Go Touch Grass

If you’ve spent some time on TikTok or Twitter this summer, you’ve probably heard people being told to “go touch grass.” This admonition to the chronically online is better advice than those giving it might think. Getting caught up online or with school can be stressful, but making time to be outside and experience nature can have many benefits, including reduced stress and improved cognitive and creative function.

One easy way to maximize the benefits of being outdoors is going barefoot in the grass–something researchers call “grounding.” Grounding can reduce stress and improve overall health in several ways. In an article for the Journal of Inflammation Research, James Oschman and Gaetan Chevalier present research showing that a direct connection to the earth’s negative electronic charge can be beneficial in reducing inflammation and can be a source of valuable antioxidants. Grounding can also help lower anxiety levels by regulating the automatic nervous system.

 Grounding and spending time outdoors helps synchronize the internal clock. This clock, also called the circadian rhythm, regulates when you are awake, alert or sleepy. If you spend excessive time looking at a screen or being surrounded by bright, artificial lights, your body loses track of what time it is. This disconnect can cause you to experience trouble falling asleep at night or getting up in the morning. Being outside in natural light allows your body to adjust itself to its natural rhythm of sleeping during the night and being alert during the day, according to a study done by Stanford Medicine. Time in nature can also help improve the quality of sleep. If you have 8:00 am classes this semester, being outside during the day could help you be more alert and learn more in class the next morning.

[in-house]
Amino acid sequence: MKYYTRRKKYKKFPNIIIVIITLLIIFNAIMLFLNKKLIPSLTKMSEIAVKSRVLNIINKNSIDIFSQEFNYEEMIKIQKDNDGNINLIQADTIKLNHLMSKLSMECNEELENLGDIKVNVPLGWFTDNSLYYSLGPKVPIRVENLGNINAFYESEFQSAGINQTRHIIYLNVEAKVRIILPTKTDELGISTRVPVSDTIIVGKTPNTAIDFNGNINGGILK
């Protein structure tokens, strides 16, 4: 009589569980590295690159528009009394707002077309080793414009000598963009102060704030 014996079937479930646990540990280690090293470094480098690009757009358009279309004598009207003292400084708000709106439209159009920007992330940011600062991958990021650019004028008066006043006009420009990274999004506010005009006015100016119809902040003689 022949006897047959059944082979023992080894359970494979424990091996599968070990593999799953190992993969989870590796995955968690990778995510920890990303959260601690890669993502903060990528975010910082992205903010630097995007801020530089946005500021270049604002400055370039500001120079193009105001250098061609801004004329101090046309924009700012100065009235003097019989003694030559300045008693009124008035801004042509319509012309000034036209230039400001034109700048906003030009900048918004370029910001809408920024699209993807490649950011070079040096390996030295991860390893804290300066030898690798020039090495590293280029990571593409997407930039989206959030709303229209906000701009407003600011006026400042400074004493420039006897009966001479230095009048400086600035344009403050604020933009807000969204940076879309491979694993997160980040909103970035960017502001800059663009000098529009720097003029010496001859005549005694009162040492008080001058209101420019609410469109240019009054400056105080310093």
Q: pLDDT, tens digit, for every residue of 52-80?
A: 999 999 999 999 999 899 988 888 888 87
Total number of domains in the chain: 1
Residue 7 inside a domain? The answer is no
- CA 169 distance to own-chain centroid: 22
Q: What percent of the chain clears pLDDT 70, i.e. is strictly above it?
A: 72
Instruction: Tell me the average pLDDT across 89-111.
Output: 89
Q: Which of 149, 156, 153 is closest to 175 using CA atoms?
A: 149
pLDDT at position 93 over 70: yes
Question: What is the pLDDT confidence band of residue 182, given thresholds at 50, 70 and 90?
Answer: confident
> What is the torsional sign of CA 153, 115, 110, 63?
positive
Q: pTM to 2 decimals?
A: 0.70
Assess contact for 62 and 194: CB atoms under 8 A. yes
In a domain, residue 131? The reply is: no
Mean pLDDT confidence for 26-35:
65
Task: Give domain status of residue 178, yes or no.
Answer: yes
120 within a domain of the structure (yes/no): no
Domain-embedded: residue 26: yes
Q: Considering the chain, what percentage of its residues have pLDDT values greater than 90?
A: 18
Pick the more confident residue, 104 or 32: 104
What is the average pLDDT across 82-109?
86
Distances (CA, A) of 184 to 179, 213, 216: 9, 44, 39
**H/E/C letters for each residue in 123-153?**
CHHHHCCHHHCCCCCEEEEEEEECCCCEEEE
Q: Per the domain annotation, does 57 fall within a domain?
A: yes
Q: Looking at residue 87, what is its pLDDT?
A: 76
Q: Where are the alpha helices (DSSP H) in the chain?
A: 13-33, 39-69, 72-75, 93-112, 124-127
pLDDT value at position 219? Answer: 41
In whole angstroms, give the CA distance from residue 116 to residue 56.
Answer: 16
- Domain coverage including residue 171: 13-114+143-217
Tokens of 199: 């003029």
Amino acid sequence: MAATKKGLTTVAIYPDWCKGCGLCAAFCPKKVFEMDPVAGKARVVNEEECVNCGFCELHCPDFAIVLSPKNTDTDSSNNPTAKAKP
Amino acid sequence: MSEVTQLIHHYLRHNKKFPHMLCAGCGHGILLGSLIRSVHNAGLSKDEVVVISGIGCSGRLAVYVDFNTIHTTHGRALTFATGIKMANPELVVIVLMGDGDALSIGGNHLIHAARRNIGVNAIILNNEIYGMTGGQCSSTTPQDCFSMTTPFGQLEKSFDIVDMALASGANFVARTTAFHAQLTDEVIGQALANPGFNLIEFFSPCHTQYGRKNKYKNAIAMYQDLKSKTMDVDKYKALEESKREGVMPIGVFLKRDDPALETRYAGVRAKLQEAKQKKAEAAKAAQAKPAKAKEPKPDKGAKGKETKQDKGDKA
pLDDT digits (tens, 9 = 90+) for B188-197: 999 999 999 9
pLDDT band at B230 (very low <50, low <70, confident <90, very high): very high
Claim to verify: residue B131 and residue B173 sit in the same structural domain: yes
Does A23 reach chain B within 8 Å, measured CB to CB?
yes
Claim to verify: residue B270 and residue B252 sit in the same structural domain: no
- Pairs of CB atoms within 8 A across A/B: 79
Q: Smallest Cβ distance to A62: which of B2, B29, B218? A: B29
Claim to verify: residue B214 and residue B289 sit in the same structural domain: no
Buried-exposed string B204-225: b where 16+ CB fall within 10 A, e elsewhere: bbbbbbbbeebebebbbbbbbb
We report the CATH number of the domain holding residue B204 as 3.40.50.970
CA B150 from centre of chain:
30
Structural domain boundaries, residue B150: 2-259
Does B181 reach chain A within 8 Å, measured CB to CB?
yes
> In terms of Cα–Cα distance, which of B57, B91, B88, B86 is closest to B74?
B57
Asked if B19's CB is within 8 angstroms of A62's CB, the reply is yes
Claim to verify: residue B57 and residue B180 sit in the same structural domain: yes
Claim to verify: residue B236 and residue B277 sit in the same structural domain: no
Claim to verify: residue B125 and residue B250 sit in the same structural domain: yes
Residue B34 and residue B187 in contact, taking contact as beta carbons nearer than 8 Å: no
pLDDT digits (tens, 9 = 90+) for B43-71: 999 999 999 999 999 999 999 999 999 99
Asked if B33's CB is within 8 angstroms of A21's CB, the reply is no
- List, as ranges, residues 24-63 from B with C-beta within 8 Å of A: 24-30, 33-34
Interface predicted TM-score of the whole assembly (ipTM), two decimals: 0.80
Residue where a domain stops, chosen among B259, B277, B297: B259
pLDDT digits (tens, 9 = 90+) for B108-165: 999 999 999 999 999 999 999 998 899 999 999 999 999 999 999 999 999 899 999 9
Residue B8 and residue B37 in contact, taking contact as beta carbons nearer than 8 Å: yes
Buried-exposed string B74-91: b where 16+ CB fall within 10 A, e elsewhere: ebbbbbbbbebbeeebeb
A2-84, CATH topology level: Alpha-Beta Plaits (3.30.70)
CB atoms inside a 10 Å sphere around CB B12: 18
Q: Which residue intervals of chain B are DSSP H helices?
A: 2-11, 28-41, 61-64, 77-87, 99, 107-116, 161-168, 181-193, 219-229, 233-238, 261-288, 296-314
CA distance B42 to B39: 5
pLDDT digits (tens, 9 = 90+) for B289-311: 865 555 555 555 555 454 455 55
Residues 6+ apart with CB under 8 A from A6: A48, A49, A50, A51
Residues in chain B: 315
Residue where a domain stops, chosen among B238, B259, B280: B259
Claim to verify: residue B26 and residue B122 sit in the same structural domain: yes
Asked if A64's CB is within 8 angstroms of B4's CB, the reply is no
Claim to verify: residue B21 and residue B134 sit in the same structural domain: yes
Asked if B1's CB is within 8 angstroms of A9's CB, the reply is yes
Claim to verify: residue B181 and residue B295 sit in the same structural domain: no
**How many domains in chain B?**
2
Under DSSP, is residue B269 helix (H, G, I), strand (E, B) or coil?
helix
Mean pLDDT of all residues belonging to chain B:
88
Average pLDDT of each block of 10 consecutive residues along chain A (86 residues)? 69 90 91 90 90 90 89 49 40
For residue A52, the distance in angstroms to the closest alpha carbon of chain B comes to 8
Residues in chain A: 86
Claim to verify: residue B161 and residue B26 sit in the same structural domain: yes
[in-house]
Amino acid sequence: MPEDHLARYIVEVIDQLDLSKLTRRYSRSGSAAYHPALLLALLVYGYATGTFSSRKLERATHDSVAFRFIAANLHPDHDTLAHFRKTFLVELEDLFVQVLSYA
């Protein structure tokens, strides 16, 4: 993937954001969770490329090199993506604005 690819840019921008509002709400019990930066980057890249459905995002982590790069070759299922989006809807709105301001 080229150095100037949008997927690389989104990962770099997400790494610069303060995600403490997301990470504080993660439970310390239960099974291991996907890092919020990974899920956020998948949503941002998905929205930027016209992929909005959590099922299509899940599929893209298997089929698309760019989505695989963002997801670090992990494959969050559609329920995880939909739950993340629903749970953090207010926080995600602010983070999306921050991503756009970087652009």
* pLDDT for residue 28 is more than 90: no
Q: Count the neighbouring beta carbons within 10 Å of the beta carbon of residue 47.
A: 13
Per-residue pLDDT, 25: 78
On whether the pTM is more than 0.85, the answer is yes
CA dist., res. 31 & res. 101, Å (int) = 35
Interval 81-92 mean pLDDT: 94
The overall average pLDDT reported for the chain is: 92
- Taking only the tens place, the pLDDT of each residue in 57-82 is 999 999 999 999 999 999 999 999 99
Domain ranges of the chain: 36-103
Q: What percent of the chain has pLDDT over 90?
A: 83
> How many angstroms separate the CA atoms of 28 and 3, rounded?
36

Spending time outdoors can also help improve cognitive function. In their article “Creativity in the Wild,” Ruth Atchley, David Strayer, and Paul Atchley explain Attention Restoration Theory; the idea that our prefrontal cortex, which controls our attention ability, can become worn out with overuse. The high pace and high attention environment we experience on the internet can deteriorate our attention abilities. To restore attention, we must spend time in slow environments. Immersing in nature is a perfect way to achieve this, as it demands slow and careful fascination. Researchers suggest hiking without bringing your phone, strolling and taking time to examine anything you find interesting to rest and replenish your attention system. 

Time spent in nature can also improve introspection and creative thinking abilities. Acthley et al. explain that letting your attention rest as you walk through the woods allows your mind to wander, activating the frontal lobe and allowing for thoughtful contemplation. Spending time outdoors develops neural pathways for creative thinking and self-examination, which you can use in any part of life, including school!

With this research in mind, spend some time outdoors this semester. You don’t even have to go off campus! Try bringing a picnic blanket to the fountain and finding a soft, shady place to relax. While you’re out there, enjoy some barefoot grounding time. Breathe deeply and take some moments to not think about school. If you like getting off campus, try hiking at First Landing state park. The beautiful trails provide the perfect opportunity to put away your phone, allowing your attention to relax and your mind to wander. Finally, as every Regent student knows, the beach is the perfect place to decompress after a long week of classes. Sandbridge has beautiful beaches and plenty of nature, making it a great spot to unwind. 

As we begin classes, try making an intentional effort to be outdoors. It can help you relax, improve your sleep, give you a refreshing break from studying and improve your performance in class. At Regent, we are lucky to be surrounded by beautiful nature, so make the most of it!